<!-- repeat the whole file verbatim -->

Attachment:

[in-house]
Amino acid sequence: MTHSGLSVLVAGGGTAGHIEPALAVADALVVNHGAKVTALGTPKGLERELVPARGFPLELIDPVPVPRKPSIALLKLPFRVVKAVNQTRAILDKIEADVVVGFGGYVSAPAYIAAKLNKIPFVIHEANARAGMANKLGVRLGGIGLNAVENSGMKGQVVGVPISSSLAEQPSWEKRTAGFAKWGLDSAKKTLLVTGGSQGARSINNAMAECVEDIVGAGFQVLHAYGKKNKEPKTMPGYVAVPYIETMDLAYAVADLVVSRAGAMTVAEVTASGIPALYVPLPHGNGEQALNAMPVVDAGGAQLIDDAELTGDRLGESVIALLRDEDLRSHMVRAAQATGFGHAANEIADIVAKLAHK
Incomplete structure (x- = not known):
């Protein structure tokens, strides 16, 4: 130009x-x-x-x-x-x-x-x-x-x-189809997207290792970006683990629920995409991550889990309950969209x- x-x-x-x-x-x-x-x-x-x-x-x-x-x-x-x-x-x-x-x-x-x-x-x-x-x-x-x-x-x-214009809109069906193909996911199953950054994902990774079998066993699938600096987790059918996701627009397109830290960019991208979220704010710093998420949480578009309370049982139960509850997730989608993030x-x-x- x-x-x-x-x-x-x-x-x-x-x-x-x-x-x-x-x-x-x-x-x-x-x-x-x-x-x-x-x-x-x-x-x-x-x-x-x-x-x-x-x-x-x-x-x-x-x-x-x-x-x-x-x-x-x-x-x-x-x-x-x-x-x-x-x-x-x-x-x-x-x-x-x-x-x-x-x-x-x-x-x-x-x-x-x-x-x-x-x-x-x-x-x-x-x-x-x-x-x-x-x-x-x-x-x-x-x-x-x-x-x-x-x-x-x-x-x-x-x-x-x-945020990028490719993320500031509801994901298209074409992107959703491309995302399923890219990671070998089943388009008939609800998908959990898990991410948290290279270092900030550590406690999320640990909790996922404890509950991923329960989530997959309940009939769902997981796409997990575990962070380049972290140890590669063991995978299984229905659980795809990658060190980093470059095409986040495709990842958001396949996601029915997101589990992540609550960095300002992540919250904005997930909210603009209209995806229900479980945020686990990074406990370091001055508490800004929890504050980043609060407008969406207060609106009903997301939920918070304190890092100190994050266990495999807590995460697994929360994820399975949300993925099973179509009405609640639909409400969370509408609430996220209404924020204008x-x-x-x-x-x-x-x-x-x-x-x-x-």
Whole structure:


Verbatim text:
[in-house]
Amino acid sequence: MTHSGLSVLVAGGGTAGHIEPALAVADALVVNHGAKVTALGTPKGLERELVPARGFPLELIDPVPVPRKPSIALLKLPFRVVKAVNQTRAILDKIEADVVVGFGGYVSAPAYIAAKLNKIPFVIHEANARAGMANKLGVRLGGIGLNAVENSGMKGQVVGVPISSSLAEQPSWEKRTAGFAKWGLDSAKKTLLVTGGSQGARSINNAMAECVEDIVGAGFQVLHAYGKKNKEPKTMPGYVAVPYIETMDLAYAVADLVVSRAGAMTVAEVTASGIPALYVPLPHGNGEQALNAMPVVDAGGAQLIDDAELTGDRLGESVIALLRDEDLRSHMVRAAQATGFGHAANEIADIVAKLAHK
Incomplete structure (x- = not known):
């Protein structure tokens, strides 16, 4: 130009x-x-x-x-x-x-x-x-x-x-189809997207290792970006683990629920995409991550889990309950969209x- x-x-x-x-x-x-x-x-x-x-x-x-x-x-x-x-x-x-x-x-x-x-x-x-x-x-x-x-x-x-214009809109069906193909996911199953950054994902990774079998066993699938600096987790059918996701627009397109830290960019991208979220704010710093998420949480578009309370049982139960509850997730989608993030x-x-x- x-x-x-x-x-x-x-x-x-x-x-x-x-x-x-x-x-x-x-x-x-x-x-x-x-x-x-x-x-x-x-x-x-x-x-x-x-x-x-x-x-x-x-x-x-x-x-x-x-x-x-x-x-x-x-x-x-x-x-x-x-x-x-x-x-x-x-x-x-x-x-x-x-x-x-x-x-x-x-x-x-x-x-x-x-x-x-x-x-x-x-x-x-x-x-x-x-x-x-x-x-x-x-x-x-x-x-x-x-x-x-x-x-x-x-x-x-x-x-x-x-945020990028490719993320500031509801994901298209074409992107959703491309995302399923890219990671070998089943388009008939609800998908959990898990991410948290290279270092900030550590406690999320640990909790996922404890509950991923329960989530997959309940009939769902997981796409997990575990962070380049972290140890590669063991995978299984229905659980795809990658060190980093470059095409986040495709990842958001396949996601029915997101589990992540609550960095300002992540919250904005997930909210603009209209995806229900479980945020686990990074406990370091001055508490800004929890504050980043609060407008969406207060609106009903997301939920918070304190890092100190994050266990495999807590995460697994929360994820399975949300993925099973179509009405609640639909409400969370509408609430996220209404924020204008x-x-x-x-x-x-x-x-x-x-x-x-x-």
Whole structure: